Merrit Kennedy

Merrit Kennedy is a reporter for The Two-Way, NPR's breaking news blog. She covers a broad range of issues, from the latest developments out of the Middle East to science research news.

Merrit joined NPR in Washington, D.C., in December 2015, after seven years living and working in Egypt. She started her journalism career at the beginning of the Egyptian uprising in 2011 and chronicled the ouster of two presidents, eight rounds of elections and numerous major outbreaks of violence for NPR and other news outlets. She has also worked as a reporter and television producer in Cairo for The Associated Press, covering Egypt, Yemen, Libya and Sudan.

She grew up in Los Angeles, the Middle East and places in between, and holds a bachelor's degree in international relations from Stanford University and a master's degree in international human rights law from The American University in Cairo.

There has been a shooting at a high school in St. Mary's County, Md., according to the school district.

Great Mills High School "is on lock down the event is contained, the Sheriff's office is on the scene additional information to follow," the St. Mary's County school district wrote in a tweet.

It was not immediately clear whether there were casualties.

Negotiators from the U.K. and the EU says they have reached a provisional agreement on how Britain will withdraw from the EU.

The agreement allows for a nearly two-year transition period, ending on Dec. 31, 2020. The U.K. is set to leave the EU in March 2019 and that transition period is designed to ease the shift.

As Venezuela reels from hyperinflation that has caused a severe shortage of cash, one city is trying to mitigate the problem by printing its own currency.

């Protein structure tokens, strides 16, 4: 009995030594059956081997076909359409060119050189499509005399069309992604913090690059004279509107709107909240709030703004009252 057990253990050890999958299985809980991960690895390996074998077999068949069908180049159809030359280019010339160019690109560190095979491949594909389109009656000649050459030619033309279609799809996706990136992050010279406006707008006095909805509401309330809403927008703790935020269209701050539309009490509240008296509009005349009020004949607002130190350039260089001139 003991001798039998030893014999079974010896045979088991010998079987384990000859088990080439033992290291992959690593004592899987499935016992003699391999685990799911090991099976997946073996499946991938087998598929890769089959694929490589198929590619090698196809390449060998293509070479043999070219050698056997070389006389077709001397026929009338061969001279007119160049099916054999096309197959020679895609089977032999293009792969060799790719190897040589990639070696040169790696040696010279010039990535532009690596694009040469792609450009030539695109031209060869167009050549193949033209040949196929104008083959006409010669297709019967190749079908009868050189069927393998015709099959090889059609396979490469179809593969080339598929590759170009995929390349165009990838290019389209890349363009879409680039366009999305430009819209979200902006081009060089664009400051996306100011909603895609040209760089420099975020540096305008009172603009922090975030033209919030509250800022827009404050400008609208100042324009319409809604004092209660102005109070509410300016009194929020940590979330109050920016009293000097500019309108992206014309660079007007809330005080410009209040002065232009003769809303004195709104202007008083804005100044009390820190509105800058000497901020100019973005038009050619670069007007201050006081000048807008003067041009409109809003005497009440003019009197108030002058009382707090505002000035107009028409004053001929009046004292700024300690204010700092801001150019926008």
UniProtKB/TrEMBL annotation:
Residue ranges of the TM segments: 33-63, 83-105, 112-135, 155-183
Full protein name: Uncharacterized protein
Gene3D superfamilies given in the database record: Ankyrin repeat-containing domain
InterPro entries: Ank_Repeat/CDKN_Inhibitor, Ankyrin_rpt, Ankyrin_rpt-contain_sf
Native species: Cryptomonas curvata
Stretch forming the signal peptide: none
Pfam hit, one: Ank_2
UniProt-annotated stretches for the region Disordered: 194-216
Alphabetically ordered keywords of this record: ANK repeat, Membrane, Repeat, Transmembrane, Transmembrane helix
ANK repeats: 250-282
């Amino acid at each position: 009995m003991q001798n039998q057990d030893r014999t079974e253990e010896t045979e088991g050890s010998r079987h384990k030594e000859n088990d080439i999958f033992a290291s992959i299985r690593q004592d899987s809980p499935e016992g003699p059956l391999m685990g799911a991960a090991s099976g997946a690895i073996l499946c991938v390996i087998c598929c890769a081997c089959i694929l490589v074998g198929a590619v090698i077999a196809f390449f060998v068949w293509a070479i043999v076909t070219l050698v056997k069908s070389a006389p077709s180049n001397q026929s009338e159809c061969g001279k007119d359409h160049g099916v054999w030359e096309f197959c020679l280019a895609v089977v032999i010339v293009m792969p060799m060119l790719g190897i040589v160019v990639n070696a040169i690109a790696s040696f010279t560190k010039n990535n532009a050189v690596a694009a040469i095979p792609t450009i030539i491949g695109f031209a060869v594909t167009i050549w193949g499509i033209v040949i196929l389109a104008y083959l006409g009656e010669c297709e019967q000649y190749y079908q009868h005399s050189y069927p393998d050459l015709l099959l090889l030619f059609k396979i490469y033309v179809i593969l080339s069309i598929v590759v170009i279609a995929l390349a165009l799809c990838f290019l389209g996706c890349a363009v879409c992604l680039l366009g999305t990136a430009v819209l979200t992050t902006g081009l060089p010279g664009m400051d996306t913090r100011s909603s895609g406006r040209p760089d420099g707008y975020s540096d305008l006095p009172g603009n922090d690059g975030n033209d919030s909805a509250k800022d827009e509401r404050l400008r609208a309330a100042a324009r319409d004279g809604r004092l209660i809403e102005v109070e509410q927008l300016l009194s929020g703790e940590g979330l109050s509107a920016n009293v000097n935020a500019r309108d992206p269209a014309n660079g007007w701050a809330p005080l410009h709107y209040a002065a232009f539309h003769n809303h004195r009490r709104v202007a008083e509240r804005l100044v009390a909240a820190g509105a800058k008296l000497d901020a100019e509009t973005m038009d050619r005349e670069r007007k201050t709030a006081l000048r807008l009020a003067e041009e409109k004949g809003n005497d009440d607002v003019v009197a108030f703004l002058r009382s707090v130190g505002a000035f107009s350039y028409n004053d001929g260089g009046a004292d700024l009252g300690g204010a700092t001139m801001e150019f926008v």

Elorza, in western Venezuela near the border with Colombia, is selling its own bills featuring the image of an independence leader from the area, according to Reuters.

A "gold rush" started among residents in eastern Siberia after dozens of gold bars fell out of a cargo plane as it was taking off, according to Russian media.

After having trouble obtaining drugs needed for lethal injections, Oklahoma is planning to change its primary method of execution to nitrogen gas inhalation.

It would be the first time a U.S. state uses this method of execution, though six states have gas inhalation in their laws as a secondary method to lethal injection, according to the Death Penalty Information Center.

At least three people claimed that they had a legal right to dispose of the body of cult leader Charles Manson. Now, a court has ruled in favor of Manson's purported grandson Jason Freeman.

Manson died in November while serving a life sentence for directing a notorious killing spree in Los Angeles in 1969. Since then, his remains have been stored in California's Kern County as the legal battle played out.

Greece has suspended indefinitely its Super League after the team owner of PAOK walked onto the pitch apparently carrying a gun in a holster to protest a referee's call in a match against AEK.

Updated at 3:15 a.m. ET on Tuesday

British Prime Minister Theresa May says it is "highly likely" that Russia is behind the poisoning of a former Russian spy and his daughter earlier this month in southern England.

Sergei Skripal and his daughter, Yulia, were found collapsed on a bench on March 4 in the city of Salisbury. They remain in critical condition, according to The Associated Press.

Emperor penguins are known to be social and curious. But you probably didn't know that they are also reasonably good at framing a video shot.

When an expeditioner with the Australian Antarctic Division left his camera on the ice while visiting a penguin colony, the birds quickly hustled over to investigate.

It's worth noting that the penguins did not actually push the record button – it was already rolling — but did manage to produce a hilarious 38-second video.

Mississippi's Legislature has passed a bill banning abortion after 15 weeks of gestation, one of the most restrictive limitations on abortion in the country.

The measure, which is poised to become law once signed by the governor, allows for exceptions only in a "medical emergency and in cases of severe fetal abnormality." It does not allow abortion in cases involving rape or incest. Fifteen weeks is calculated from the first day of the woman's last menstrual period.